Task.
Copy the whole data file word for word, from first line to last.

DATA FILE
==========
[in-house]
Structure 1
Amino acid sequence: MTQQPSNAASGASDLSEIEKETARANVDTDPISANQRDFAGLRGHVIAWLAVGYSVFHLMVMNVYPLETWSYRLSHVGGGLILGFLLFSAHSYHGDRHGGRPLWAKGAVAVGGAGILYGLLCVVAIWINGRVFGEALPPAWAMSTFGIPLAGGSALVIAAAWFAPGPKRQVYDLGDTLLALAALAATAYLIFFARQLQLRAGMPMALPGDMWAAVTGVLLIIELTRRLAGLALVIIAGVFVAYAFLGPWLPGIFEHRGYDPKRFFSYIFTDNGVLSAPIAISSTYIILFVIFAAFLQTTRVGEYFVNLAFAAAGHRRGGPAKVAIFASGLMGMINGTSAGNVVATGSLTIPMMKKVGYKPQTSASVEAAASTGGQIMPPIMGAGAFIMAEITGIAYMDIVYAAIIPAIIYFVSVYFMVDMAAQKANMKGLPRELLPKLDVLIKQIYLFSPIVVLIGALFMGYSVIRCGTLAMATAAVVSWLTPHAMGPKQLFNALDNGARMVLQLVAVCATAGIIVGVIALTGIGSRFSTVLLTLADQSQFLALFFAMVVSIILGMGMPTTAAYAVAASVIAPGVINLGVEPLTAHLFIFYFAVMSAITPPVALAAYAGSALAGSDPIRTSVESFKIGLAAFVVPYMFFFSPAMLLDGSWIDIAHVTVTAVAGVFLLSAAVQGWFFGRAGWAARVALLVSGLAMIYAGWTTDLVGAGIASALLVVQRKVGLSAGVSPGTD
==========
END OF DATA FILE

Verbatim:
[in-house]
Structure 1
Amino acid sequence: MTQQPSNAASGASDLSEIEKETARANVDTDPISANQRDFAGLRGHVIAWLAVGYSVFHLMVMNVYPLETWSYRLSHVGGGLILGFLLFSAHSYHGDRHGGRPLWAKGAVAVGGAGILYGLLCVVAIWINGRVFGEALPPAWAMSTFGIPLAGGSALVIAAAWFAPGPKRQVYDLGDTLLALAALAATAYLIFFARQLQLRAGMPMALPGDMWAAVTGVLLIIELTRRLAGLALVIIAGVFVAYAFLGPWLPGIFEHRGYDPKRFFSYIFTDNGVLSAPIAISSTYIILFVIFAAFLQTTRVGEYFVNLAFAAAGHRRGGPAKVAIFASGLMGMINGTSAGNVVATGSLTIPMMKKVGYKPQTSASVEAAASTGGQIMPPIMGAGAFIMAEITGIAYMDIVYAAIIPAIIYFVSVYFMVDMAAQKANMKGLPRELLPKLDVLIKQIYLFSPIVVLIGALFMGYSVIRCGTLAMATAAVVSWLTPHAMGPKQLFNALDNGARMVLQLVAVCATAGIIVGVIALTGIGSRFSTVLLTLADQSQFLALFFAMVVSIILGMGMPTTAAYAVAASVIAPGVINLGVEPLTAHLFIFYFAVMSAITPPVALAAYAGSALAGSDPIRTSVESFKIGLAAFVVPYMFFFSPAMLLDGSWIDIAHVTVTAVAGVFLLSAAVQGWFFGRAGWAARVALLVSGLAMIYAGWTTDLVGAGIASALLVVQRKVGLSAGVSPGTD